Interest Rates: December Treasury bonds closed at 148 18/32nds, down 1/32nd as traders in debt and equities are awaiting Tuesdays election results as to who and which political party will direct the country going forward. The phrase "it’s the economy stupid" could easily be the determining factor as the electorate decides on which party is in the best position to move the economy into recovery mode. We continue to expect prices to remain mired in a 145 to 155 range since we expect no definitive policy change from the U.S. Federal Reserve.
Stock Indices: The Dow Jones Industrials closed at 13,093.16, down 139.46 after trading higher earlier on the U.S. jobs data. Investors remain concerned that corporate earnings, the ongoing overall labor situation as the question of which political party will be victorious on Tuesday. A general malaise has overcome Wall Street over the past few weeks in anticipation of the election. For the week the Dow lost only 0.1%. The S&P 500 closed at 1414.20, down 13.39 and for the week gained 0.2%. The tech heavy Nasdaq closed at 2982.13, down 37.93 or 1.26% on Friday and for the week lost 0.2%. Early gains were wiped out as investors decided to liquidate in front of the weekend and on concerns over the Tuesday elections. We continue to suggest strongly the implementation of strategic hedging programs which we can assist holders of large equity portfolios with establishing.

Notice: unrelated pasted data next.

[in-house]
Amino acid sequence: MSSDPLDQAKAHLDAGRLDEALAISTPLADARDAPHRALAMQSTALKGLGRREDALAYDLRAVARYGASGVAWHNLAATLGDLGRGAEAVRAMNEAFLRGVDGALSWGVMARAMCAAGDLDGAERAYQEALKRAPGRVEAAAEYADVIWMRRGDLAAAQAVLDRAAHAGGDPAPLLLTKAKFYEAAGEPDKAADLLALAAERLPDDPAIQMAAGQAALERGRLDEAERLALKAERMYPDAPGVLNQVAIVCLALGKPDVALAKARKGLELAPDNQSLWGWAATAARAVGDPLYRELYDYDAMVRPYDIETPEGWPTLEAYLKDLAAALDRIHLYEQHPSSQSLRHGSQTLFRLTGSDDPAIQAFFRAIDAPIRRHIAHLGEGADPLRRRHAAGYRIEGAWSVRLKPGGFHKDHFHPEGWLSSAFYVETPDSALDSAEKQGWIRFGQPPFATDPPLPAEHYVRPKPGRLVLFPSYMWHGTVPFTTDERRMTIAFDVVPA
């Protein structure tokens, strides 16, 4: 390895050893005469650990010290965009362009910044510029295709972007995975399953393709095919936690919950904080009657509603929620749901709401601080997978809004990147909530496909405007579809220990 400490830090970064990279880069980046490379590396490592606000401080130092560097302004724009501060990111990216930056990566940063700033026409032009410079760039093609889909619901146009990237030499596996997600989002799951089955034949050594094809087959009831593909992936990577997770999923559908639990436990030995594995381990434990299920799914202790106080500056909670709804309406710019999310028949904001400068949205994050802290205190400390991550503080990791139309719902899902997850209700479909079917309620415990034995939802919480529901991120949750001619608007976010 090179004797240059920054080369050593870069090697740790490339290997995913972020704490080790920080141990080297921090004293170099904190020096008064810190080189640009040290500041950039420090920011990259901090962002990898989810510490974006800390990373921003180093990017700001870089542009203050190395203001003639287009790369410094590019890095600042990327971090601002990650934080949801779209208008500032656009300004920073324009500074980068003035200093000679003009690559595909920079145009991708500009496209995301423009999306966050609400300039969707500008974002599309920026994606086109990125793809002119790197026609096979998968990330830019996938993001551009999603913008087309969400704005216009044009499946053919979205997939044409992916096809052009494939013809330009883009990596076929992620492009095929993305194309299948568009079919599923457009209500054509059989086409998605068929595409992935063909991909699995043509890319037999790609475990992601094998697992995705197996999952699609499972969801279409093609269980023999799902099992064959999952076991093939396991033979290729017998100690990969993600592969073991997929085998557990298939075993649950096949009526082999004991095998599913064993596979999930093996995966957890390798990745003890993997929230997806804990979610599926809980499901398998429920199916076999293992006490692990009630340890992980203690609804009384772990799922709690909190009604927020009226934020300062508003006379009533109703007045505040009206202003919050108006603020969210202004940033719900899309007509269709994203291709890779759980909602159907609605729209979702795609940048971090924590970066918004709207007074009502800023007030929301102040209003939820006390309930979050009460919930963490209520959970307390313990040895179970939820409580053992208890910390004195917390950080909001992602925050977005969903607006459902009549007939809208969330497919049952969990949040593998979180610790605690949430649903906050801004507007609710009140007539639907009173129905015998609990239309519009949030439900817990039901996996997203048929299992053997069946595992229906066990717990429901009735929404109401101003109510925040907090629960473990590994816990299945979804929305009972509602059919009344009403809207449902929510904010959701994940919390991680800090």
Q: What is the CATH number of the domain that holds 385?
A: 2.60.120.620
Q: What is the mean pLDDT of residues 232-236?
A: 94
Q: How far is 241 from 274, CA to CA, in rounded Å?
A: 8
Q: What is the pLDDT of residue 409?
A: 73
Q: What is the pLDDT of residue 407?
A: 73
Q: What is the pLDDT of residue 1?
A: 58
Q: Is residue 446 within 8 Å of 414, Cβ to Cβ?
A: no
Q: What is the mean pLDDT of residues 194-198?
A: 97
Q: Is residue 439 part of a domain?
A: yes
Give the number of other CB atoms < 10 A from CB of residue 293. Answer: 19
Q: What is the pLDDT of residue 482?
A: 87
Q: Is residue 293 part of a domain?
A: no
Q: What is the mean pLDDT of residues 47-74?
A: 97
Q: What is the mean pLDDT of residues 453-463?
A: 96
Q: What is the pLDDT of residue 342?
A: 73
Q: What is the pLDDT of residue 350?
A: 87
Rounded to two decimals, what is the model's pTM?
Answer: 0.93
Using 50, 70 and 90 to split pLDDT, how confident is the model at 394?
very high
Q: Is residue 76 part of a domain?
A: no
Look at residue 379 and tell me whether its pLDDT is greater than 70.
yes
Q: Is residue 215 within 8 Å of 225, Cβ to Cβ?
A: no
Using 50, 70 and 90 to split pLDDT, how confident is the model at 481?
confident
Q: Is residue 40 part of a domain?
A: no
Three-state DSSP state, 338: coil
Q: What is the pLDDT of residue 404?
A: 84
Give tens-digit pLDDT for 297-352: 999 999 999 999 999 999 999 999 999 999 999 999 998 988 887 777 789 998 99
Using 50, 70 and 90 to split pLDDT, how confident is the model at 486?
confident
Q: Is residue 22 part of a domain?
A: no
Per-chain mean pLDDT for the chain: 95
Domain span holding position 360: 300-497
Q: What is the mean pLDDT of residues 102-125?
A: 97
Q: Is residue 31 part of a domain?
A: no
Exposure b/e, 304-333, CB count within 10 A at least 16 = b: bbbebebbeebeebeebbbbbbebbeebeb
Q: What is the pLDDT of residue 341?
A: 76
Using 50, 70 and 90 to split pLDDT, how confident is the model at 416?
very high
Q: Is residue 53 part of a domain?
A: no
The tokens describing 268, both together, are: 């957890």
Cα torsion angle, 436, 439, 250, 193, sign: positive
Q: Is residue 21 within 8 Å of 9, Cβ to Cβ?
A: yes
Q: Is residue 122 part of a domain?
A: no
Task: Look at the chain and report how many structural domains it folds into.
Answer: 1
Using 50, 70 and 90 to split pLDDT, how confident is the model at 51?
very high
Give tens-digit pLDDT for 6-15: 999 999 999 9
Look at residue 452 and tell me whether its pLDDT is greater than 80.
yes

Currencies: The December U.S. dollar index closed at 8066, up 52.4 points on continued strength against most currencies. The losers included the Euro closing at $1.2840, down 1.02c, the Swiss Franc $1.0646, down 89 points, the Japanese Yen .012435, down 41 points, the British Pound $1.6017, down 1.09c, the Australian dollar $1.0301, down 62 points and the New Zealand dollar .8224, down 27 points. The December Canadian Dollar managed a gain of 13 points to close at $1.0039. The U.S. jobs data was construed as favorable for the dollar since it could prompt ideas of Fed Action in relaxing its easing policy to some extent tied to the "favorable" economic views. Interest rate changes or assumption of change moves the dollar. Higher rates improve dollar investment while lower rates detract. There is no point, in my opinion, in charting dollar denominated commodities rather the basis on which the dollar reacts.